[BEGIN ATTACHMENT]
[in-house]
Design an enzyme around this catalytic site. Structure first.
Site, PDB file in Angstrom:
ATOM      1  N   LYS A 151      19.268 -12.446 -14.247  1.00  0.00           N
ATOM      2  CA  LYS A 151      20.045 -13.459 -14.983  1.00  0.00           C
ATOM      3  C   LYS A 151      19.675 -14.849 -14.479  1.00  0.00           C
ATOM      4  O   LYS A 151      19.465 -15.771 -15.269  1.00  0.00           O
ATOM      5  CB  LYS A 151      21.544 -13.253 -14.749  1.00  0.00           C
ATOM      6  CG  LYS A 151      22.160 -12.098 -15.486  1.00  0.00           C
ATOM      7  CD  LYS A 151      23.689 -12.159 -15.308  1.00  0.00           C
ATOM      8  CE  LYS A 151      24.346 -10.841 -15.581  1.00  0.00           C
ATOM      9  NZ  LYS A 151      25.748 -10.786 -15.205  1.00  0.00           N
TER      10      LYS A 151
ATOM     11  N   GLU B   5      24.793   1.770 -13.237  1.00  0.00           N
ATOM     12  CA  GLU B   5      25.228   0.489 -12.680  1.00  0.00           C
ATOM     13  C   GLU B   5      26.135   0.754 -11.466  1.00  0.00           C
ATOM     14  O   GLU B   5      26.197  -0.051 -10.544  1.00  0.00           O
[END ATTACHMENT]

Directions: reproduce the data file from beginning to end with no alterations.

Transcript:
[in-house]
Design an enzyme around this catalytic site. Structure first.
Site, PDB file in Angstrom:
ATOM      1  N   LYS A 151      19.268 -12.446 -14.247  1.00  0.00           N
ATOM      2  CA  LYS A 151      20.045 -13.459 -14.983  1.00  0.00           C
ATOM      3  C   LYS A 151      19.675 -14.849 -14.479  1.00  0.00           C
ATOM      4  O   LYS A 151      19.465 -15.771 -15.269  1.00  0.00           O
ATOM      5  CB  LYS A 151      21.544 -13.253 -14.749  1.00  0.00           C
ATOM      6  CG  LYS A 151      22.160 -12.098 -15.486  1.00  0.00           C
ATOM      7  CD  LYS A 151      23.689 -12.159 -15.308  1.00  0.00           C
ATOM      8  CE  LYS A 151      24.346 -10.841 -15.581  1.00  0.00           C
ATOM      9  NZ  LYS A 151      25.748 -10.786 -15.205  1.00  0.00           N
TER      10      LYS A 151
ATOM     11  N   GLU B   5      24.793   1.770 -13.237  1.00  0.00           N
ATOM     12  CA  GLU B   5      25.228   0.489 -12.680  1.00  0.00           C
ATOM     13  C   GLU B   5      26.135   0.754 -11.466  1.00  0.00           C
ATOM     14  O   GLU B   5      26.197  -0.051 -10.544  1.00  0.00           O